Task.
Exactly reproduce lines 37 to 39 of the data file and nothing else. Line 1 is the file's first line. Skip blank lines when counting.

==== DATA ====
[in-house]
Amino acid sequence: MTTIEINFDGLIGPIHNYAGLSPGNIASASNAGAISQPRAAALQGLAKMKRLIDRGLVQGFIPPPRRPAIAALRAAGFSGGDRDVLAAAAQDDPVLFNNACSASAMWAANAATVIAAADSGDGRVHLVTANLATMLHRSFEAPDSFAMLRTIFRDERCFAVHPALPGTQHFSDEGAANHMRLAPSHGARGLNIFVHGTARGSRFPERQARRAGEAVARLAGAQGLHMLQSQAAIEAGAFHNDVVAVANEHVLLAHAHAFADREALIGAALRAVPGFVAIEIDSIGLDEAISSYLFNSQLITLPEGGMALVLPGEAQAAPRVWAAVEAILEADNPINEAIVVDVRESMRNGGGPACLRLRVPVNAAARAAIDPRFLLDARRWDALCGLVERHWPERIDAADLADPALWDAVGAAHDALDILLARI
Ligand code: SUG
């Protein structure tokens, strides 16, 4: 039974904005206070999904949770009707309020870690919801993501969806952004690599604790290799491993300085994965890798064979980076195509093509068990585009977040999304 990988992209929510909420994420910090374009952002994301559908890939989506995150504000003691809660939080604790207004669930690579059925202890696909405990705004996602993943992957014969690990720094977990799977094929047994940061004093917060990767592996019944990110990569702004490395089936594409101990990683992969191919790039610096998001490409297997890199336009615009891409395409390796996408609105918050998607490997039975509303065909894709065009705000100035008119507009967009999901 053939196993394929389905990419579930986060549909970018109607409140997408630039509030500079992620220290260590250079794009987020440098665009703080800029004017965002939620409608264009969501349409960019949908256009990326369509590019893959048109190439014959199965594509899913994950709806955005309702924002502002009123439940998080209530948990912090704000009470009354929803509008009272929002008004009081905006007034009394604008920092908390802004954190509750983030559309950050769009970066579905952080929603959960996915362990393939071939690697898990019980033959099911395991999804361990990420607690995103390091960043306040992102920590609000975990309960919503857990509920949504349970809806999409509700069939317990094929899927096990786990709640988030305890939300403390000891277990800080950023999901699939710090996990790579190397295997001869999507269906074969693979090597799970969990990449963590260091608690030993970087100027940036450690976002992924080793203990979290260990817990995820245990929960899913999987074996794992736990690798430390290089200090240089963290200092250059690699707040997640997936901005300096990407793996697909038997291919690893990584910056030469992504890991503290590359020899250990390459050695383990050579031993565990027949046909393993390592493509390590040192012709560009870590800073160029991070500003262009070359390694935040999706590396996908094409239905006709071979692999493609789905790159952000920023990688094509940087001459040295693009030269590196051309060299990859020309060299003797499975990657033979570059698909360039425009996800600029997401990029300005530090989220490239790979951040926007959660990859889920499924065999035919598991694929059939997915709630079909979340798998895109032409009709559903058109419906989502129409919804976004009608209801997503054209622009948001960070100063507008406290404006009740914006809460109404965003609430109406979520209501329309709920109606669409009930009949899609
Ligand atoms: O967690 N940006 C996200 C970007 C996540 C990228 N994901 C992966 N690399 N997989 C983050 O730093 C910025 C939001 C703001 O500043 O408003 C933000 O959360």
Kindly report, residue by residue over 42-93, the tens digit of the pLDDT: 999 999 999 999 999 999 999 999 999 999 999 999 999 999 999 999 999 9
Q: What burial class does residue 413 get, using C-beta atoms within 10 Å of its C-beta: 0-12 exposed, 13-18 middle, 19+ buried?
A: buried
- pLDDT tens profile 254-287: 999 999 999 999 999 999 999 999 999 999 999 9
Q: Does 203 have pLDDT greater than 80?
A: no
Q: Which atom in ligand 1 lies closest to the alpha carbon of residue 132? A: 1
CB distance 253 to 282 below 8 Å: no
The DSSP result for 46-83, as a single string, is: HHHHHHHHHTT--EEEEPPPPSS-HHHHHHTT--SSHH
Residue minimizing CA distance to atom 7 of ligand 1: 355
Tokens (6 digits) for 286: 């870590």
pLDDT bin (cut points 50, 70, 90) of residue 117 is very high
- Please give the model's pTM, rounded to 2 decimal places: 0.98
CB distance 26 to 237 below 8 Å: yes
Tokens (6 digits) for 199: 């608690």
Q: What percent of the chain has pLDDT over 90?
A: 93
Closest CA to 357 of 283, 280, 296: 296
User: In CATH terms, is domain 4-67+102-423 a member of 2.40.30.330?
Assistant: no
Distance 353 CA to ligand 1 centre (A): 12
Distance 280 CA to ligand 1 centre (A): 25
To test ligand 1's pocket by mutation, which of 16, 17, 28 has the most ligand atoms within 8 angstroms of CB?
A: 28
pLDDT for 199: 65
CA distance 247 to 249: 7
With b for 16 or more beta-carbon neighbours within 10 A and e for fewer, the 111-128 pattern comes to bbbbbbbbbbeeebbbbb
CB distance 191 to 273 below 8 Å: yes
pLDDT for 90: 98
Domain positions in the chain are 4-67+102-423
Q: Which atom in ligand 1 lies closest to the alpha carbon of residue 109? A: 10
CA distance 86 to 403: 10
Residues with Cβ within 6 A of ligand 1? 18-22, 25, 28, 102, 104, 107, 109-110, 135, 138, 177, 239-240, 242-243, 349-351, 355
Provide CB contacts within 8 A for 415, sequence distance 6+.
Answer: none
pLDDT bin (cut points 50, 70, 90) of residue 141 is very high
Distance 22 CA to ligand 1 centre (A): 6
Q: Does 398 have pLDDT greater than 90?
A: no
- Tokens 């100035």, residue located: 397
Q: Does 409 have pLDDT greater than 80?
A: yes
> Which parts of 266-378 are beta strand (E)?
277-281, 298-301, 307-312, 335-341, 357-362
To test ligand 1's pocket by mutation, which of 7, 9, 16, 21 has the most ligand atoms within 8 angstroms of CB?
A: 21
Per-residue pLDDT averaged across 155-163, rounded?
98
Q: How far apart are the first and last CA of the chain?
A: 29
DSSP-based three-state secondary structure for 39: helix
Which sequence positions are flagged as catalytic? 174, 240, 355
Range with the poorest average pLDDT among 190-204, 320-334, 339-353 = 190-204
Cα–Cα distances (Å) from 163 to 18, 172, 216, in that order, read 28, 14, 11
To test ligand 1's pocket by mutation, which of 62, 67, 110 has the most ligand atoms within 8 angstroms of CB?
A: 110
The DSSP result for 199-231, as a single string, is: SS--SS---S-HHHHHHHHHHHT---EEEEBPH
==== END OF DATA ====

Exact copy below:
CA distance 86 to 403: 10
Residues with Cβ within 6 A of ligand 1? 18-22, 25, 28, 102, 104, 107, 109-110, 135, 138, 177, 239-240, 242-243, 349-351, 355
Provide CB contacts within 8 A for 415, sequence distance 6+.